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Between the recurring bouts of existential crisis brought on by a combination of the demands of RSA change management, the deteriorating form of West Bromwich Albion and night time flatulence (for which, apparently, the only cure is to give up every single type of food I enjoy eating), I have been thinking about the relationship between evidence and belief.

One prompt was an LRB review of Wilkinson and Pickett’s ‘The Spirit Level’ by David Runciman. David argues that Wilkinson and Pickett overstate the statistical evidence of the damaging effects of inequality on all levels of society. They do this, he argues, because they hope the statistics will relieve them of having to make what is ultimately an ideological claim; namely that inequality is a bad thing. If we are inclined to think this, says Runciman, there is enough evidence out there for us to make our case (and Wilkinson and Pickett assemble the best of it), but trying to prove it with facts alone is not only self defeating but misunderstands how political change works.

The question was also raised by a wonderful little paper recommended to me by my old IPPR colleague Joe Hallgarten. ‘On bullshit in cultural policy practice and research’, is by Dr Eleonora Belfiore from the Centre for Cultural Policy Studies, at the University of Warwick. Dr Belfiore mines Government documents and ministerial speeches on the impact of arts investment on social objectives such as educational attainment and social inclusion. Not only does she find arts ministers making claims which have no basis in evidence but she also reveals how the same ministers occasionally drop their guard and admit the pretence is required of them in order to convince the Treasury or Number Ten to maintain cultural funding. She concludes:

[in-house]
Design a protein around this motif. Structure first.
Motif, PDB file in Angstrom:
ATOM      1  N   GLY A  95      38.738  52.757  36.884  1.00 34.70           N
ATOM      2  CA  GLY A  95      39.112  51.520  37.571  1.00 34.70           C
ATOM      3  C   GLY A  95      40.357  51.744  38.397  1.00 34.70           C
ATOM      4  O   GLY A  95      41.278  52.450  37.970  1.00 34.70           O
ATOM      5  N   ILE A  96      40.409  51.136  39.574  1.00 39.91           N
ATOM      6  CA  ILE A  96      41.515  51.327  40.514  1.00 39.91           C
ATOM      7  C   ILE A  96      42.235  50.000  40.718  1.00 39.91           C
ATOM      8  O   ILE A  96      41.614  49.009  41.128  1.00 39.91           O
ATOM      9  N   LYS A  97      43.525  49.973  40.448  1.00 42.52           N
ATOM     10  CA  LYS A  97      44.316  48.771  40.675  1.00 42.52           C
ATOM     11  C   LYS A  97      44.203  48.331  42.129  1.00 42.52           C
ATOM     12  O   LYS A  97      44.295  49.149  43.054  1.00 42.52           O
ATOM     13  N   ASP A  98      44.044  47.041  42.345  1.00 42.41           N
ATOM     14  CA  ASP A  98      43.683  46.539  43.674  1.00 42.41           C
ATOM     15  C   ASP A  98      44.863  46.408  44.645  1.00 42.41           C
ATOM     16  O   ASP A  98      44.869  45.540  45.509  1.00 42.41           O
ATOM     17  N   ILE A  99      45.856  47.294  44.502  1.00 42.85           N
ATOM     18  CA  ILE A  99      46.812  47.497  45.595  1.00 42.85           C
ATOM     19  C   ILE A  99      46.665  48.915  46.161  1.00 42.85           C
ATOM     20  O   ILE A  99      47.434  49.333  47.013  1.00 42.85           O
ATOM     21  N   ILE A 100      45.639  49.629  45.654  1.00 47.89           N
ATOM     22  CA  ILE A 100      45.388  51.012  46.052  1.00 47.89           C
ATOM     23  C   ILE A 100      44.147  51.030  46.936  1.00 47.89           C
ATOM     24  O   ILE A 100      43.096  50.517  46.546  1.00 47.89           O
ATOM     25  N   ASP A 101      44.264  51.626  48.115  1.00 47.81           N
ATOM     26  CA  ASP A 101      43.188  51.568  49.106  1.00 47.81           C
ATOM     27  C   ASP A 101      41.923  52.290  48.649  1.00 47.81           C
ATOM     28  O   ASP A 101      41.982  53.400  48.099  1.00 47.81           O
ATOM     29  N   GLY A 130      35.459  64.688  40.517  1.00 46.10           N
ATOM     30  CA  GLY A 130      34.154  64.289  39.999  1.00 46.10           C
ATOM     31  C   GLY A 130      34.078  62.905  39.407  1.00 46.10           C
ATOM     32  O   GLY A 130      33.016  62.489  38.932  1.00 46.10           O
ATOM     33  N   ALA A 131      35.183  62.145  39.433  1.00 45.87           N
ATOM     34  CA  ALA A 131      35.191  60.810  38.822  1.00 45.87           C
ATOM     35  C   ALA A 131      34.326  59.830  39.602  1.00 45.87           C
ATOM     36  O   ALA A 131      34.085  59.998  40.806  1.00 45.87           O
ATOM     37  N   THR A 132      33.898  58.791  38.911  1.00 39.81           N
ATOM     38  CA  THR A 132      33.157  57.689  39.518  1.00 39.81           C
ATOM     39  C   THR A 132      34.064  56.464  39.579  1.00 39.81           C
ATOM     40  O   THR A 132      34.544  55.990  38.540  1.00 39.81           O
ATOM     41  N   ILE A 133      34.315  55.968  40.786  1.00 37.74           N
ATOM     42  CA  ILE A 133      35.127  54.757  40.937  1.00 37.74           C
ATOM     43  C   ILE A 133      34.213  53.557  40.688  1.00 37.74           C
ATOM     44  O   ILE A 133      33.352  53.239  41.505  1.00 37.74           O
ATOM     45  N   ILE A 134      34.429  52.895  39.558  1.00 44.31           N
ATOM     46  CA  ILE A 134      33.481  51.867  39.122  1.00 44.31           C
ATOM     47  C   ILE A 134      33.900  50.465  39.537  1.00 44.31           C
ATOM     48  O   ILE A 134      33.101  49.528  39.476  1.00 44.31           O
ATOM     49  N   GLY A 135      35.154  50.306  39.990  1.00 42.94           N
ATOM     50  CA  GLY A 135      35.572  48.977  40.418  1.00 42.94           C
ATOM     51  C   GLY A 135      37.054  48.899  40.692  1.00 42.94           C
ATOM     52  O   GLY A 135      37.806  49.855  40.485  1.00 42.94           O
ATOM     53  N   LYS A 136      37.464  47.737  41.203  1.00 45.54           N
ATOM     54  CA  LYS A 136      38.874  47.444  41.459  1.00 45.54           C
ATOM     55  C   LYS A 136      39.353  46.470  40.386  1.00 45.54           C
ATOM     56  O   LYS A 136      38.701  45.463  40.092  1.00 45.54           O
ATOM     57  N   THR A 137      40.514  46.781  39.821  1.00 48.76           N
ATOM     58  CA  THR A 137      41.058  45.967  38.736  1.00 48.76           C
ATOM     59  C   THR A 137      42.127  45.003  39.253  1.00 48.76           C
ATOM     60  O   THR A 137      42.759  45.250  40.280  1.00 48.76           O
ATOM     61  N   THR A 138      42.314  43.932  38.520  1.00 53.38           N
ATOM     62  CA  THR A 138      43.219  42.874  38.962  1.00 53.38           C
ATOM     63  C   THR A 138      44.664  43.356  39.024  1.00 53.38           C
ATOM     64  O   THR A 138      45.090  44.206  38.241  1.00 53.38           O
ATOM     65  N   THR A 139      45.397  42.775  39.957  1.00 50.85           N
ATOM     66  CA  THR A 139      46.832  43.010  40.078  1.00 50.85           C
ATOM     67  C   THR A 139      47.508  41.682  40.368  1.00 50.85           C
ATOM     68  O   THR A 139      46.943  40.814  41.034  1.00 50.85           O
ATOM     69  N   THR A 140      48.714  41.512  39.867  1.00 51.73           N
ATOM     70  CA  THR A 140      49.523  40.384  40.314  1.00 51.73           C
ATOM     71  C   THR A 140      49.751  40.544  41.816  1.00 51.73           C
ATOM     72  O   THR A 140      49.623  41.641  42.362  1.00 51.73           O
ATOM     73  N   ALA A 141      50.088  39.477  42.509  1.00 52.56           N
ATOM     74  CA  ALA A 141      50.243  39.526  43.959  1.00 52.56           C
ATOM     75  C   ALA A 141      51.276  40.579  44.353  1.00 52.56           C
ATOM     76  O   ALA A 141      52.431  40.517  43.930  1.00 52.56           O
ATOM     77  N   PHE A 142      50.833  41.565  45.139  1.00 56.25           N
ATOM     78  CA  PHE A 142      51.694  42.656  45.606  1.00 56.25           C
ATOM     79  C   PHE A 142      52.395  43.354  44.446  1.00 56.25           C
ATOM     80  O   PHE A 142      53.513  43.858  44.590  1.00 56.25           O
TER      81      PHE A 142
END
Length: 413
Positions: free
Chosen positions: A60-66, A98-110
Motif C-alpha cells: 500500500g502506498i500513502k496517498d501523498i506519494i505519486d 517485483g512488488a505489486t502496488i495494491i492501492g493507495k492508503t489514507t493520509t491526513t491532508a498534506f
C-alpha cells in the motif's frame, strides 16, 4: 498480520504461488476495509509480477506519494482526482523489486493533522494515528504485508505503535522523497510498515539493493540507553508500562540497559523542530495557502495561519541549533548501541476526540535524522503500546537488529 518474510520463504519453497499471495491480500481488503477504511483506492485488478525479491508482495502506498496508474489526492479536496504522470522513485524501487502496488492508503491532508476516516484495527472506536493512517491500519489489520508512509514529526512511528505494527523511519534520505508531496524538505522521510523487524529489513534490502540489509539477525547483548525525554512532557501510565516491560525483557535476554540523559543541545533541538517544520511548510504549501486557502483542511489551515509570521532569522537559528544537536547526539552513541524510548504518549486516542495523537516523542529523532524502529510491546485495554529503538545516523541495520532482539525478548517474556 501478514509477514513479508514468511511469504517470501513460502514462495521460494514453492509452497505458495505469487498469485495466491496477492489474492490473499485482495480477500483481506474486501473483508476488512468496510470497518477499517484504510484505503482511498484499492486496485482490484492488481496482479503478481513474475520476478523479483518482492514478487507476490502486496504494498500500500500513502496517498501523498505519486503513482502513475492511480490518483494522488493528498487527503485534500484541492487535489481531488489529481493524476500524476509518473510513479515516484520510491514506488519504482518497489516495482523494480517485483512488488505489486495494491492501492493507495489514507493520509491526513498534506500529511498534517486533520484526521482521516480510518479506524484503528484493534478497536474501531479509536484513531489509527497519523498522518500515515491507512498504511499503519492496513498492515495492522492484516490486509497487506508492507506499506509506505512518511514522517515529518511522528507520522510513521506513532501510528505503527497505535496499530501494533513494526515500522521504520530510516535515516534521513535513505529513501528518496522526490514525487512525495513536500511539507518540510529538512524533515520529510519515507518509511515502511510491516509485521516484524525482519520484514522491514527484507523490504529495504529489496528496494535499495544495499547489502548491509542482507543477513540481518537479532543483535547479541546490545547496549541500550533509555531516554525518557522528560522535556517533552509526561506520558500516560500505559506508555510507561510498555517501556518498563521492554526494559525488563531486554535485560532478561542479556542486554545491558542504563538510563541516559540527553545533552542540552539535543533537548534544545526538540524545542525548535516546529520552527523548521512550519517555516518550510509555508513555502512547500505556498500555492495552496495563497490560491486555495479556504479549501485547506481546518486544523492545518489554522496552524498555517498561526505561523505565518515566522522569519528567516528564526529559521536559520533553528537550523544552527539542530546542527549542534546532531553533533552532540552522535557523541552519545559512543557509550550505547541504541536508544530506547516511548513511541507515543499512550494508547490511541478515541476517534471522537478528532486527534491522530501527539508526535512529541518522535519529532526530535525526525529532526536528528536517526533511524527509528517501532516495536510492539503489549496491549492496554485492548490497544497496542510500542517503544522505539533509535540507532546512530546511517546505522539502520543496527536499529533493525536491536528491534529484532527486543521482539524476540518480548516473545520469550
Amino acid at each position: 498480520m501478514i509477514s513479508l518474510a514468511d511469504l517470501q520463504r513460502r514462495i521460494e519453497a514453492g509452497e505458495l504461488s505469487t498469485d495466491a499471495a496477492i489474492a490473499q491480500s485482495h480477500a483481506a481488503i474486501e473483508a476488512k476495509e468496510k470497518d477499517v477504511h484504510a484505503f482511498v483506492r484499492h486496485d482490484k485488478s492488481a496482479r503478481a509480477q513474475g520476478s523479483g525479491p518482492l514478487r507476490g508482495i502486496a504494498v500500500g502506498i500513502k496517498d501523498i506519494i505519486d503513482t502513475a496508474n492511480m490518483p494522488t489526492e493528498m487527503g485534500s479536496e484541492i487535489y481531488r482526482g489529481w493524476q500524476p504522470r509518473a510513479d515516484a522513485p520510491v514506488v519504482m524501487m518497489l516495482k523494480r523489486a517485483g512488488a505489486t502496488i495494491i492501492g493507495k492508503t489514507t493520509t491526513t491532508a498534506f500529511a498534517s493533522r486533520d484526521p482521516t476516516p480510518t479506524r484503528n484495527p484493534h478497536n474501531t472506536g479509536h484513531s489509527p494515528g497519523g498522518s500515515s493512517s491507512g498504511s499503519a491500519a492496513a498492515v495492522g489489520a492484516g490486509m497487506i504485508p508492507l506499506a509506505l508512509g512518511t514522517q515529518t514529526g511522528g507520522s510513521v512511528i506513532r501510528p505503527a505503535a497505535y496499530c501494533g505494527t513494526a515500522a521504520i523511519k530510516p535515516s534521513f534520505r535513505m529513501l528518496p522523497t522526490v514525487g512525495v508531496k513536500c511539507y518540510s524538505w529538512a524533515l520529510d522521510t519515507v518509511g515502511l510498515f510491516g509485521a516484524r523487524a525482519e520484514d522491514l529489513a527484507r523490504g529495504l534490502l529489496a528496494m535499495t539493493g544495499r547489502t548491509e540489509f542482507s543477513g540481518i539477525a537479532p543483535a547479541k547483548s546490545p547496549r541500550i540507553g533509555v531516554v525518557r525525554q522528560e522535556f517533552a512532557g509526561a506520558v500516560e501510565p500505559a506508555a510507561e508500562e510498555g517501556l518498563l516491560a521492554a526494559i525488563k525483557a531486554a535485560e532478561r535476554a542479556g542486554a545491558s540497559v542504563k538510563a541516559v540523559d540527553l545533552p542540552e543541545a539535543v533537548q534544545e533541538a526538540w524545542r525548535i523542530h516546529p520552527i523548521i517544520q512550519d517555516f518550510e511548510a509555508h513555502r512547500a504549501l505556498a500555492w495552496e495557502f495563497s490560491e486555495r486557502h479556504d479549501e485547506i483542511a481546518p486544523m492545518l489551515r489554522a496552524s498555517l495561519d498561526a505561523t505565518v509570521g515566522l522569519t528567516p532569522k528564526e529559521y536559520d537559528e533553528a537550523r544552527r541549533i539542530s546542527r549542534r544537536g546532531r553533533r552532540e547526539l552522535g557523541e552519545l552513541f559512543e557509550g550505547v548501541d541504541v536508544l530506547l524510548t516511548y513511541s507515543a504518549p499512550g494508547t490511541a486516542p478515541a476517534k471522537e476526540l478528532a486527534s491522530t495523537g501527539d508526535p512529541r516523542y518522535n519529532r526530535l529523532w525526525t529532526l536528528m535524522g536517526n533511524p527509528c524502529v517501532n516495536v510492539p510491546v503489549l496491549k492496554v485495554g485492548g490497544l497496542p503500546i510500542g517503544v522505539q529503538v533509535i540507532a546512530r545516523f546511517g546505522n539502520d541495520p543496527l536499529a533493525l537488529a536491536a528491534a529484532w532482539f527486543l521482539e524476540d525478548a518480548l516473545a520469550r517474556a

At the heart of the notion of ‘performance paradox’, thus, is the baffling observation that measures such as the imposition of targets, performancemanagement, evidence-based policy-making, pressures to evaluate the extent to which arts project have the socio-economic impact that policy makers presume they do - or in other words a whole range of measures introduced with the aim to improve transparency and accountability in the public sector - might have resulted, in reality, in more bullshit being produced and injected in public discourses around policies for the cultural sector, and in opaque political messages amounting to little more than doublespeak”.

The point I take from these two essays is that trying to prove arguments in social policy can not only be self defeating, but may involve us in hiding our beliefs behind ‘facts’. I am taking this to heart as I desperately try to finish my annual lecture before I am due to deliver it on Thursday evening.

The speech explores the relationship between new thinking about human nature (derived from behavioural research and neuroscience) and the attempt to close what I have called the ‘social aspiration gap’, enabling people to living more engaged, self reliant and altruistic lives.

The temptation in all this is to overstate the evidence. This is a criticism fairly directed at my piece on brains and ideology in Prospect magazine. Indeed this month’s edition contains a forthright letter from one of the magazine’s own editorial team making this point (is this a first I wonder: an essay so unfortunate that it made the commissioning magazine’s editors turn on each other!).

A theme running through my annual lecture is that we overstate how much control we exercise over our own behaviour and prospects as individuals, and understate not only the importance of, but the capacity we have to influence, our social environment. But I will be sure to make clear that, while there is research to reinforce this belief, there will never be enough to prove it.

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